Re: Anthro-L

David H Weinlick (wein0079@MAROON.TC.UMN.EDU)
Mon, 22 Apr 1996 14:52:35 -0600

>This is an open letter to all maybe its premature , maybe I am impatient
>but, I feel that what I am about to say needs to be said. The other day
>I posted a request to anyone who has physical anthro as a speciality
>to give some feedback on a current research project. Granted I would not
>"demand" that anyone respond. However, in the few days since the post
>the only things that have been posted have for the most part been crap
>and drivel. Almost none of it is even pertinent to the topic of
>Anthro. Most of the "serious stuff" that ever is posted to this list
>serve is oriented more to the realm of sociology or philosophy. The
>irony of this is with regard to the philosophy stuff is that many of the
>things posted are so wrong it leads me to really wonder if any of the
>people who post the stuff have ever taken a reasoning course.
>It is also ironic that the "socio-cultural folks can't even agree on
>what the hell truth is. I certainly hope that you folks don't consider
>yourselves "scientists." It seems to me that you cannot be a scientist
>if you can't at least accept the concept that the world is knowable.
>On that topic the concept of "subjective" truth is baloney.
>How the heck can there be "more" than one truth in a given instance.
>What ones thinks they see is not necessarily the truth. If one were
>to allow for relativistic and subjective truth then we give power
>and creedence to ideas like racism.
>Anyway, I am unsubscribing to this list because the socio/cultural folks
>have a definite stranglehold on it. This is clear when the next ten or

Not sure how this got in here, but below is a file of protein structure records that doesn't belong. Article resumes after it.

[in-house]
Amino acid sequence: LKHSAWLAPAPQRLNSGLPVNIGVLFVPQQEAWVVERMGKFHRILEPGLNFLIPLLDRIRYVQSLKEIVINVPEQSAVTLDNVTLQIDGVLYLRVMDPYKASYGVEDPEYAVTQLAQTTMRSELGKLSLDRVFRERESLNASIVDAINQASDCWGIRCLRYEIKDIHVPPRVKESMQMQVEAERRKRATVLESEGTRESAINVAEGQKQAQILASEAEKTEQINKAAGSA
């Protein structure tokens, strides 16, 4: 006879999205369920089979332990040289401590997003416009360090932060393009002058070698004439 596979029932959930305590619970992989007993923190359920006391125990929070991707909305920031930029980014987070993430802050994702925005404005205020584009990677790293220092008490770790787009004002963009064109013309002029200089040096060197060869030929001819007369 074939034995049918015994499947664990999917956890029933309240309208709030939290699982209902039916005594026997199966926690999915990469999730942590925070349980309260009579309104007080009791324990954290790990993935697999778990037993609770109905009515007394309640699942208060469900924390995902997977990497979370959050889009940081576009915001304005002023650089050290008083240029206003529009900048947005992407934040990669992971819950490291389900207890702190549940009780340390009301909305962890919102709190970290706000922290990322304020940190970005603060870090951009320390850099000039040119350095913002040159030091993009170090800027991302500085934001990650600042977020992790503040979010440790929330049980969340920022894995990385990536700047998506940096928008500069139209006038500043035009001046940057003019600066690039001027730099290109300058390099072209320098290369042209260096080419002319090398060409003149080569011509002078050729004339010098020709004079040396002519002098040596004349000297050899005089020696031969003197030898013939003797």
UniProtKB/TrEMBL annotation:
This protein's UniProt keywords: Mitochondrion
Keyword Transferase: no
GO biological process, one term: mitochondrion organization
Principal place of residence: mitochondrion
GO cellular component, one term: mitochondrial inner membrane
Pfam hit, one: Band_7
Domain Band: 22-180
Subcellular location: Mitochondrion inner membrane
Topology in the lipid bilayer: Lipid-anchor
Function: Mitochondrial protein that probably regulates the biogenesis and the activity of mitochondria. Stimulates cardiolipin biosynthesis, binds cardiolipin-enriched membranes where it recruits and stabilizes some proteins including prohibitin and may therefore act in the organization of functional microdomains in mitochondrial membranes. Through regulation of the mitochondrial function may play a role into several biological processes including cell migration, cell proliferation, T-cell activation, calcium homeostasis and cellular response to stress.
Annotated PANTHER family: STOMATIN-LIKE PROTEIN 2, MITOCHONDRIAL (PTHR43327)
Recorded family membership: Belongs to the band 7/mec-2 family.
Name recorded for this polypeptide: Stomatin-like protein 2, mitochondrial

>fifteen posts after a legitimate post are meaningless drivel. This it
>also should be pointed out is norm on Anthro-L since I have been on it
>Maybe one out of every ten posts has been
>specifically focused on anthro and even fewer on phys. or arch.
>The irony of this letter is that it will get many more responses than
>my posts that I wanted responses to.
>Matthew Joanis
>"Those who desire to give up Freedom in order to gain Security,
>will not have, nor do they deserve, either one."
> -- Thomas Jefferson

Perhaps the problem here is that you have placed your critique of these
threads in the realm of philosophy. Since this is an anthropology
listserv, the discussions of *truth* are based within an anthropological
frame of discussion. This can be seen in the concern about the truth being
one in which truth is that which is meaningful for human interaction, that
which produces the subject of our inquiry, culture. It seems only
reasonable that anthropologists are concerned primarily with what
intersubjective truths give meaning to the lives of peaople, since this is
not always synonymous with empirical truth. There is a body of academic
discussion which is anti-empiricist, and there is good reason to consider
the value of such an enterprise, since human beings are not purely
empirical in character.
As to whether or not anthropology is a science, that is a semantic
distinction which can be argued depending on the definition of science one
is operating under. However, there is no undisputed dictum of academia
which insists that science is the only valuable scholarly pursuit. So
what's your point?

Dave Weinlick
Department of Anthropology
University of Minnesota